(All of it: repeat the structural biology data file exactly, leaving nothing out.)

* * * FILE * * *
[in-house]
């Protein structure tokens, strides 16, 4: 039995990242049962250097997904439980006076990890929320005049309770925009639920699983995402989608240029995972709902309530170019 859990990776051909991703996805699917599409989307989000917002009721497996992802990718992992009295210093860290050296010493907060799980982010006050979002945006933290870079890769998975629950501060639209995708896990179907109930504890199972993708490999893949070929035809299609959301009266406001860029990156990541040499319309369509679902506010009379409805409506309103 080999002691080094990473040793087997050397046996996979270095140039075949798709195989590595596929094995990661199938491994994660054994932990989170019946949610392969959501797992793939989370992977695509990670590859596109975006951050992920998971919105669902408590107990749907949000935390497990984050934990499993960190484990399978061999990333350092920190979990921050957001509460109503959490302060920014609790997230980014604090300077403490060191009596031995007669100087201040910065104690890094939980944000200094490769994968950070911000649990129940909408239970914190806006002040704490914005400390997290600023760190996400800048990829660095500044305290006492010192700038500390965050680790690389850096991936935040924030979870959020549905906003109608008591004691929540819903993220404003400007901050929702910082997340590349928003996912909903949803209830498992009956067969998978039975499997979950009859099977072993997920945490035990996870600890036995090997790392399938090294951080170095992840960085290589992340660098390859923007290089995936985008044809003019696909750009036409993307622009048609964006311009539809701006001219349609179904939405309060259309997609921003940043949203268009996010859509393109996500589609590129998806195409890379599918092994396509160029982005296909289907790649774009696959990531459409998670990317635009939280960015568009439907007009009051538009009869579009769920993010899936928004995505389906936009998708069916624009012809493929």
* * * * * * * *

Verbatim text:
[in-house]
């Protein structure tokens, strides 16, 4: 039995990242049962250097997904439980006076990890929320005049309770925009639920699983995402989608240029995972709902309530170019 859990990776051909991703996805699917599409989307989000917002009721497996992802990718992992009295210093860290050296010493907060799980982010006050979002945006933290870079890769998975629950501060639209995708896990179907109930504890199972993708490999893949070929035809299609959301009266406001860029990156990541040499319309369509679902506010009379409805409506309103 080999002691080094990473040793087997050397046996996979270095140039075949798709195989590595596929094995990661199938491994994660054994932990989170019946949610392969959501797992793939989370992977695509990670590859596109975006951050992920998971919105669902408590107990749907949000935390497990984050934990499993960190484990399978061999990333350092920190979990921050957001509460109503959490302060920014609790997230980014604090300077403490060191009596031995007669100087201040910065104690890094939980944000200094490769994968950070911000649990129940909408239970914190806006002040704490914005400390997290600023760190996400800048990829660095500044305290006492010192700038500390965050680790690389850096991936935040924030979870959020549905906003109608008591004691929540819903993220404003400007901050929702910082997340590349928003996912909903949803209830498992009956067969998978039975499997979950009859099977072993997920945490035990996870600890036995090997790392399938090294951080170095992840960085290589992340660098390859923007290089995936985008044809003019696909750009036409993307622009048609964006311009539809701006001219349609179904939405309060259309997609921003940043949203268009996010859509393109996500589609590129998806195409890379599918092994396509160029982005296909289907790649774009696959990531459409998670990317635009939280960015568009439907007009009051538009009869579009769920993010899936928004995505389906936009998708069916624009012809493929």